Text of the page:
MELISSA BLOCK, Host:
Tim Rudell, of member station WKSU, has the story.
TIM RUDELL: Cleveland Plain Dealer columnist Terry Pluto has known Tressel for 25 years. He says it was the cover-up that led Tressel to finally give in to pressure to resign.
BLOCK: As a coaching friend said, it's knucklehead cheating. That's what it is, Terry, knucklehead cheating. And what he meant was, we're not talking academic fraud or systematic payments. You're talking about kids selling gold pants or whatever, for tattoos and for a few bucks. But unfortunately, that's really not what got Jim fired. What got Jim fired was - the lie is the big deal. It's the old thing: The cover-up is worse than the crime.
RUDELL: Ohio State athletic director Gene Smith talked about the resignation shortly after Tressel announced it to a morning meeting of his team.
BLOCK: Coach Tressel did what we all knew he would do. He did an eloquent job of explaining to the young men what transition really means, and what they needed to focus on. So he met with the team, and exited.
RUDELL: John Rogers and Tony Visconti(ph) are Ohio State fans out planting petunias today, as part of a Memorial Day spruce-up project in West Akron. When Rogers hears the news about Tressel from Visconti, he stands up, wipes his forehead, and says he thinks Jim Tressel was just keeping things going for his team and trying to keep the Buckeyes on top.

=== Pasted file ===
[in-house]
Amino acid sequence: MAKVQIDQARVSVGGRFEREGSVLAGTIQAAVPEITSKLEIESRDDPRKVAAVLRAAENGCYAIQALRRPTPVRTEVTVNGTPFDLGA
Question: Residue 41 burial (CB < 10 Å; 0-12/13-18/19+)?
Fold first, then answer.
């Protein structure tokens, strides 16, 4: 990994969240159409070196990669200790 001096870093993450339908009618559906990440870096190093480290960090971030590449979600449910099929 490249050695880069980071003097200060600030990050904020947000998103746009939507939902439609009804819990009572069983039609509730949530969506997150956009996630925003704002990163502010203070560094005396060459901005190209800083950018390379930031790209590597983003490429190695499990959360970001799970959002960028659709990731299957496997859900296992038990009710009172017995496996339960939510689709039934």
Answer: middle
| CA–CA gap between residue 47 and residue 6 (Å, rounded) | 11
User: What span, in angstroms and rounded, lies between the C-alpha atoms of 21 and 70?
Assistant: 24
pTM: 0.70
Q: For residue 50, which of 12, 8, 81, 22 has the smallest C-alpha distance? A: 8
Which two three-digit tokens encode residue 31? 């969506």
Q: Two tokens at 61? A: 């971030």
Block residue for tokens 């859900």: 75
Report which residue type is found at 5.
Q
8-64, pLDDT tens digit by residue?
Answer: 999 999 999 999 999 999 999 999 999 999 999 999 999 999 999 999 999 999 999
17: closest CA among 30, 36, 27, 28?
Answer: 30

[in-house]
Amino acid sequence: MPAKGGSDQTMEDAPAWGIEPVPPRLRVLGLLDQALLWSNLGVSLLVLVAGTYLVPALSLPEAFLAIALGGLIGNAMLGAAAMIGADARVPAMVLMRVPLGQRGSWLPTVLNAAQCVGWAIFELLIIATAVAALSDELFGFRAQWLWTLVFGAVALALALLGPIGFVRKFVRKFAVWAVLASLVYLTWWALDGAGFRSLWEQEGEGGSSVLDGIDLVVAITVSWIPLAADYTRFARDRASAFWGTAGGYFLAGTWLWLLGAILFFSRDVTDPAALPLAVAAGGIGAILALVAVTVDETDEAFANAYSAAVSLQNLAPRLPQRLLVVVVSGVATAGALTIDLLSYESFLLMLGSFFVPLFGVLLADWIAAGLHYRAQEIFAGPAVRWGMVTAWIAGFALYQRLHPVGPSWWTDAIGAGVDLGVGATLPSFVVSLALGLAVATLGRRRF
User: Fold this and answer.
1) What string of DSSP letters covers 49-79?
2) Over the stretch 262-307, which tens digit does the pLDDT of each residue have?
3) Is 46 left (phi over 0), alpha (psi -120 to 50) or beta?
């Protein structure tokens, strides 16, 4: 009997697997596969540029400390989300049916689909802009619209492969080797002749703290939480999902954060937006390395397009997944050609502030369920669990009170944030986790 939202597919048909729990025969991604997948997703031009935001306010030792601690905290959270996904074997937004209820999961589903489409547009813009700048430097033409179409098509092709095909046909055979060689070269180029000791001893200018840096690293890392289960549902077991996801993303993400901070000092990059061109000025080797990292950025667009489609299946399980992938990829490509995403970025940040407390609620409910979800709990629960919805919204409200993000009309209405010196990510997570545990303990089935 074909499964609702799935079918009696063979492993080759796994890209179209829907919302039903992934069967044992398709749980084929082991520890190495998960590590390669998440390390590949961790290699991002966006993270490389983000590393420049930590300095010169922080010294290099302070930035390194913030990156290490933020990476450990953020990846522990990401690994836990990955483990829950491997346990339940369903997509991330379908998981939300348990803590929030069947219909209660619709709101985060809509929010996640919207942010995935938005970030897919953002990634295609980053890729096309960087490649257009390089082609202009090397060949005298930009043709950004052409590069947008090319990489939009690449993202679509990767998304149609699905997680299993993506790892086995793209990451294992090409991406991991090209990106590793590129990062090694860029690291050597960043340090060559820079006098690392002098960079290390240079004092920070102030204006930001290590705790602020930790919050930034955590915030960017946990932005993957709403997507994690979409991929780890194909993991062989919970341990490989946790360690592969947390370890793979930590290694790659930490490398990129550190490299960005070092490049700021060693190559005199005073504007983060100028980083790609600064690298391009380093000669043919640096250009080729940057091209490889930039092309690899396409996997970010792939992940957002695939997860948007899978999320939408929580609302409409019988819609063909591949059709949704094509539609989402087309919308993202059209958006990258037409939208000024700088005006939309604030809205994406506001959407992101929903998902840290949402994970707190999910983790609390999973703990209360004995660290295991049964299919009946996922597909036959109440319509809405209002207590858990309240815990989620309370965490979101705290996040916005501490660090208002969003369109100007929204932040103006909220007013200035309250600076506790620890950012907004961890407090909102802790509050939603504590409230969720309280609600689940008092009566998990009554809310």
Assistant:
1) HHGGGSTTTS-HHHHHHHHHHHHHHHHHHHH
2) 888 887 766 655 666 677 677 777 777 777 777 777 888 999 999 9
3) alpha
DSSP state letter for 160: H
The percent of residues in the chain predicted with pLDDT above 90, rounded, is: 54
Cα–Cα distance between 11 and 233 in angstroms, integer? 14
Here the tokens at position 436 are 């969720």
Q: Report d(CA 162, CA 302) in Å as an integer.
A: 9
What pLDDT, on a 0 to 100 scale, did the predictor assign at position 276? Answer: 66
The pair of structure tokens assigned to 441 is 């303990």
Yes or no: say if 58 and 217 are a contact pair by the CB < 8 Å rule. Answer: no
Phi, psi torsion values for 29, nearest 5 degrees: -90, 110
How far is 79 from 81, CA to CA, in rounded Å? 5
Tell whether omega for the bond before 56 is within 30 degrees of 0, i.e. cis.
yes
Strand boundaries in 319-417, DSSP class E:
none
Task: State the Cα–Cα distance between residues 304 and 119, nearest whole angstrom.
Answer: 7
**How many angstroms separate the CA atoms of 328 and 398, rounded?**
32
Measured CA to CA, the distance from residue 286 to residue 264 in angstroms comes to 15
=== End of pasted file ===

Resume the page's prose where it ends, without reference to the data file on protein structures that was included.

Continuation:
BLOCK: You want to have a winning team because it gives you an up attitude. And that's what everybody needs to have. So do I think he should have resigned? No, I don't think so. I think maybe the rules are a little bit too stringent.
RUDELL: Visconti kneels and begins popping the little, plastic flower pots from a tray. He says that while Tressel was just protecting his boys, he still broke the rules.
BLOCK: It's against regulations. It's against regulations. I mean, you can't - where does it stop then? So I understand where he had to come up to - with a decision to resign to protect the rest of the Ohio State program. So my hat's off to him for that. I'm sorry that it, you know, that it happened in the first place.
RUDELL: For NPR News, I'm Tim Rudell.
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